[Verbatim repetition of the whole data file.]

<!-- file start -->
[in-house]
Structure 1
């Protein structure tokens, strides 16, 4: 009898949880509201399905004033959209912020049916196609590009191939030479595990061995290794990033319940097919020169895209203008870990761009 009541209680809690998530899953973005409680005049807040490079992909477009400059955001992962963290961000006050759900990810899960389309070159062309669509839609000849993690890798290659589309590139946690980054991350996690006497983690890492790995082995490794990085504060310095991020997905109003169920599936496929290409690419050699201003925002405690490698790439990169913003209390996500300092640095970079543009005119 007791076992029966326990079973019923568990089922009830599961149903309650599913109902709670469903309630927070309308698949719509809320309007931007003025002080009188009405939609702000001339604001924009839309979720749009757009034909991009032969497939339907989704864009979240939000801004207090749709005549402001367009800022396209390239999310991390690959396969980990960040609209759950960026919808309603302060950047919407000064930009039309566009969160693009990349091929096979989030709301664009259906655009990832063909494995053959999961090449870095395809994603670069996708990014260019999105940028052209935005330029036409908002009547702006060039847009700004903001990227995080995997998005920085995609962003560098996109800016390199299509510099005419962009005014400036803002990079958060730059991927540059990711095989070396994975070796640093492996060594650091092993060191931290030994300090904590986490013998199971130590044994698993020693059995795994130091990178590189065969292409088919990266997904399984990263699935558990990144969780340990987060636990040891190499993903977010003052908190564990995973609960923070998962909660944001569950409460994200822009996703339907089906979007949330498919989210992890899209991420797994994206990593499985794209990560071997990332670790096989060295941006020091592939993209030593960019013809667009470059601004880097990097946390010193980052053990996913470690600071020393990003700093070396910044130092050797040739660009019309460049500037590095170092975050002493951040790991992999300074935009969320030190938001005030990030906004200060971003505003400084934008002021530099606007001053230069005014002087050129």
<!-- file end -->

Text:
[in-house]
Structure 1
């Protein structure tokens, strides 16, 4: 009898949880509201399905004033959209912020049916196609590009191939030479595990061995290794990033319940097919020169895209203008870990761009 009541209680809690998530899953973005409680005049807040490079992909477009400059955001992962963290961000006050759900990810899960389309070159062309669509839609000849993690890798290659589309590139946690980054991350996690006497983690890492790995082995490794990085504060310095991020997905109003169920599936496929290409690419050699201003925002405690490698790439990169913003209390996500300092640095970079543009005119 007791076992029966326990079973019923568990089922009830599961149903309650599913109902709670469903309630927070309308698949719509809320309007931007003025002080009188009405939609702000001339604001924009839309979720749009757009034909991009032969497939339907989704864009979240939000801004207090749709005549402001367009800022396209390239999310991390690959396969980990960040609209759950960026919808309603302060950047919407000064930009039309566009969160693009990349091929096979989030709301664009259906655009990832063909494995053959999961090449870095395809994603670069996708990014260019999105940028052209935005330029036409908002009547702006060039847009700004903001990227995080995997998005920085995609962003560098996109800016390199299509510099005419962009005014400036803002990079958060730059991927540059990711095989070396994975070796640093492996060594650091092993060191931290030994300090904590986490013998199971130590044994698993020693059995795994130091990178590189065969292409088919990266997904399984990263699935558990990144969780340990987060636990040891190499993903977010003052908190564990995973609960923070998962909660944001569950409460994200822009996703339907089906979007949330498919989210992890899209991420797994994206990593499985794209990560071997990332670790096989060295941006020091592939993209030593960019013809667009470059601004880097990097946390010193980052053990996913470690600071020393990003700093070396910044130092050797040739660009019309460049500037590095170092975050002493951040790991992999300074935009969320030190938001005030990030906004200060971003505003400084934008002021530099606007001053230069005014002087050129």